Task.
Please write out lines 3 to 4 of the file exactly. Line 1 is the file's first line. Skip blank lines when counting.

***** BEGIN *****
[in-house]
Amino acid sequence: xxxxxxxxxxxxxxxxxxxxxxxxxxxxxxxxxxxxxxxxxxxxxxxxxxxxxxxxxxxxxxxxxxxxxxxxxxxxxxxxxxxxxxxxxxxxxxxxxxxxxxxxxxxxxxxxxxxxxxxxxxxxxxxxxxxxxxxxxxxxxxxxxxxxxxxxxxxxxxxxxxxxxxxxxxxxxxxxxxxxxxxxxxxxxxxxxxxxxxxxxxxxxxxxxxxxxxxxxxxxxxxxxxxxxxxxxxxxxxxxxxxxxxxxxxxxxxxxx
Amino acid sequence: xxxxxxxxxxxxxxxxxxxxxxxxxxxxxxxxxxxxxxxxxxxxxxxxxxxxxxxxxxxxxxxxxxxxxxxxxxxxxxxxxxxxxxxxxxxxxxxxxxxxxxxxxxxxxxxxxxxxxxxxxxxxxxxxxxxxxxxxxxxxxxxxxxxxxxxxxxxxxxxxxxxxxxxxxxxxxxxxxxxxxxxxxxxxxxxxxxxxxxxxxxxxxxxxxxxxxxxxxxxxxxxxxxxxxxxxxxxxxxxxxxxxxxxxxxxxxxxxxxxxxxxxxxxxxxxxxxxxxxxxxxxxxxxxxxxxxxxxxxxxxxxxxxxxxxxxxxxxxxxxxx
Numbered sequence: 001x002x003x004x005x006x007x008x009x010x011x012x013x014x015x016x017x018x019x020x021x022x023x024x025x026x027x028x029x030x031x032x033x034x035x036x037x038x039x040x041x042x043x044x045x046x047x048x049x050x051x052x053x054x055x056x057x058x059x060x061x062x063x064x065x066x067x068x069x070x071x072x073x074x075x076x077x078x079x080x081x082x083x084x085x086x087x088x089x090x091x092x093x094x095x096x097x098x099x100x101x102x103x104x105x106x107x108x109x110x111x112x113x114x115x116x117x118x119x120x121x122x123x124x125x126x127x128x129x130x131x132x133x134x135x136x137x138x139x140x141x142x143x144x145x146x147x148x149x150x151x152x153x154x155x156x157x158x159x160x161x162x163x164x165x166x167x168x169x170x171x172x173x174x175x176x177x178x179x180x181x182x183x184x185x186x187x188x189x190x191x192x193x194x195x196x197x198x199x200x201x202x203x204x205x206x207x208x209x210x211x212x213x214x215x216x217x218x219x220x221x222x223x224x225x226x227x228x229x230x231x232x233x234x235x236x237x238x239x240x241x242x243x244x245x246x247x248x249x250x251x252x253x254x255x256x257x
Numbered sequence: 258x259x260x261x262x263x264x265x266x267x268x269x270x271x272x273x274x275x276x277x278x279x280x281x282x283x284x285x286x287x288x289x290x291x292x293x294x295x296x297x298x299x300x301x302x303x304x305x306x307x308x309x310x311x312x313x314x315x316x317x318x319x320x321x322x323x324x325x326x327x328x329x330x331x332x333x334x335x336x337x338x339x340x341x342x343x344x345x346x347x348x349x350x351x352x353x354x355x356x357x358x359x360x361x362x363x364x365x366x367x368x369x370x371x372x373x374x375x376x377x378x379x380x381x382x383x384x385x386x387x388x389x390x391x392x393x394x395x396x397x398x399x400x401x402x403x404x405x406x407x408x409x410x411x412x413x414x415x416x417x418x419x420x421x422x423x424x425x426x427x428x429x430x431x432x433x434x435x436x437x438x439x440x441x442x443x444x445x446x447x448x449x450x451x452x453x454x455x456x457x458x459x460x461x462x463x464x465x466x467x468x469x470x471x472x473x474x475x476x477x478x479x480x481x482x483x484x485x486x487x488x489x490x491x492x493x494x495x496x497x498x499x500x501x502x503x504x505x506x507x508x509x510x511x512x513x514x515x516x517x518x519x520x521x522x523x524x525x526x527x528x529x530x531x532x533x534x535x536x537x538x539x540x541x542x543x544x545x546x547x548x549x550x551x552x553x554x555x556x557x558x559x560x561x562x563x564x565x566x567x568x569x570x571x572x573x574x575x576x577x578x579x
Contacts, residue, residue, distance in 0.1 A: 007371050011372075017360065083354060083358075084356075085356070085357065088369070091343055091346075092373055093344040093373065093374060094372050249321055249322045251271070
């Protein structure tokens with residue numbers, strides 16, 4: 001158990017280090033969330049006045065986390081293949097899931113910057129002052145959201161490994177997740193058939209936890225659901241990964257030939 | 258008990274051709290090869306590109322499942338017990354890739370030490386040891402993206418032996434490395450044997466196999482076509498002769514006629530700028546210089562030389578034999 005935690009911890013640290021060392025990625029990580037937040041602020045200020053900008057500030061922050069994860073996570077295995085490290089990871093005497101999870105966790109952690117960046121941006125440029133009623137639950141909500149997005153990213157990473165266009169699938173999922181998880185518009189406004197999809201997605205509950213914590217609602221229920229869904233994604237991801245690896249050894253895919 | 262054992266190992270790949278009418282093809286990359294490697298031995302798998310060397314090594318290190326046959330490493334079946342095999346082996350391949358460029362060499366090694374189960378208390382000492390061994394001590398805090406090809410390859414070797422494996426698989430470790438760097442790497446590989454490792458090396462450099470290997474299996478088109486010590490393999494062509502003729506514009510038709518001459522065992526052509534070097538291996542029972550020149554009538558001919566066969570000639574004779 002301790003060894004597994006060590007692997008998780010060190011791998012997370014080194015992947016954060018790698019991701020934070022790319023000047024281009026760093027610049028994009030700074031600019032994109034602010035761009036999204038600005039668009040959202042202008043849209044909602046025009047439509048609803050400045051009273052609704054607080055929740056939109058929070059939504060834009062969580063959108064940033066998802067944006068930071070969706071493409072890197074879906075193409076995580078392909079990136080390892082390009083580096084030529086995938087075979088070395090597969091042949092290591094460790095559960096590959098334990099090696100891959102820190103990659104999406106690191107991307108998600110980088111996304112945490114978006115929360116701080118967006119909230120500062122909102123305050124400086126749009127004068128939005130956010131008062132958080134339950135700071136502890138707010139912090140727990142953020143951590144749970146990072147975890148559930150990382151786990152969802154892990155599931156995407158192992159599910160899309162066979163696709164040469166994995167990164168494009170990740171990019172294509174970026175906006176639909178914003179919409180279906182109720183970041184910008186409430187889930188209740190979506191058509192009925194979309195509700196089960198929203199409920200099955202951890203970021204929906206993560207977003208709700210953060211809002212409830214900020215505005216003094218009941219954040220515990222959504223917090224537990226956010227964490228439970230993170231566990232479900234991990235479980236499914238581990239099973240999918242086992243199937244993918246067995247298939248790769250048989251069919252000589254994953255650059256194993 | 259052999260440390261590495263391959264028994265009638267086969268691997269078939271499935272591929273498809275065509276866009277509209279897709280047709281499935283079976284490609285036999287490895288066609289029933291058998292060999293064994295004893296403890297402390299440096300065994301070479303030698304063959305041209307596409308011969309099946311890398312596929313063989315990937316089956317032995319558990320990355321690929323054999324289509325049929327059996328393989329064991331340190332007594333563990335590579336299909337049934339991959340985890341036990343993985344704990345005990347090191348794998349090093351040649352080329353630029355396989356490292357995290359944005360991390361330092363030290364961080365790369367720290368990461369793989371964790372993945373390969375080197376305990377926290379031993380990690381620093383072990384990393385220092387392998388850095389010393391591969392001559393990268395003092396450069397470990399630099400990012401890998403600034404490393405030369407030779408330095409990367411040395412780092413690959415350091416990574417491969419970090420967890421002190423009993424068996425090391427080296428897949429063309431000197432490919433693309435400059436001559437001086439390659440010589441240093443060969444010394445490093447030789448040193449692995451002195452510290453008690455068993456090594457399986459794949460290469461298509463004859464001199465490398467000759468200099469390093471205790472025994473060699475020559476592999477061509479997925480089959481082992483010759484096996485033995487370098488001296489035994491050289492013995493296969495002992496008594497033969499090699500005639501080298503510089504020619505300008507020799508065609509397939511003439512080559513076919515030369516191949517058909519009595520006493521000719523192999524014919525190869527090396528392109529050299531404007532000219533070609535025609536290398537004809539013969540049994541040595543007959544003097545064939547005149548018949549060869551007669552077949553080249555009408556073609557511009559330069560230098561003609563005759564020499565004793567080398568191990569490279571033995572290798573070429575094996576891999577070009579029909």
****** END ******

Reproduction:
Amino acid sequence: xxxxxxxxxxxxxxxxxxxxxxxxxxxxxxxxxxxxxxxxxxxxxxxxxxxxxxxxxxxxxxxxxxxxxxxxxxxxxxxxxxxxxxxxxxxxxxxxxxxxxxxxxxxxxxxxxxxxxxxxxxxxxxxxxxxxxxxxxxxxxxxxxxxxxxxxxxxxxxxxxxxxxxxxxxxxxxxxxxxxxxxxxxxxxxxxxxxxxxxxxxxxxxxxxxxxxxxxxxxxxxxxxxxxxxxxxxxxxxxxxxxxxxxxxxxxxxxxxxxxxxxxxxxxxxxxxxxxxxxxxxxxxxxxxxxxxxxxxxxxxxxxxxxxxxxxxxxxxxxxxx
Numbered sequence: 001x002x003x004x005x006x007x008x009x010x011x012x013x014x015x016x017x018x019x020x021x022x023x024x025x026x027x028x029x030x031x032x033x034x035x036x037x038x039x040x041x042x043x044x045x046x047x048x049x050x051x052x053x054x055x056x057x058x059x060x061x062x063x064x065x066x067x068x069x070x071x072x073x074x075x076x077x078x079x080x081x082x083x084x085x086x087x088x089x090x091x092x093x094x095x096x097x098x099x100x101x102x103x104x105x106x107x108x109x110x111x112x113x114x115x116x117x118x119x120x121x122x123x124x125x126x127x128x129x130x131x132x133x134x135x136x137x138x139x140x141x142x143x144x145x146x147x148x149x150x151x152x153x154x155x156x157x158x159x160x161x162x163x164x165x166x167x168x169x170x171x172x173x174x175x176x177x178x179x180x181x182x183x184x185x186x187x188x189x190x191x192x193x194x195x196x197x198x199x200x201x202x203x204x205x206x207x208x209x210x211x212x213x214x215x216x217x218x219x220x221x222x223x224x225x226x227x228x229x230x231x232x233x234x235x236x237x238x239x240x241x242x243x244x245x246x247x248x249x250x251x252x253x254x255x256x257x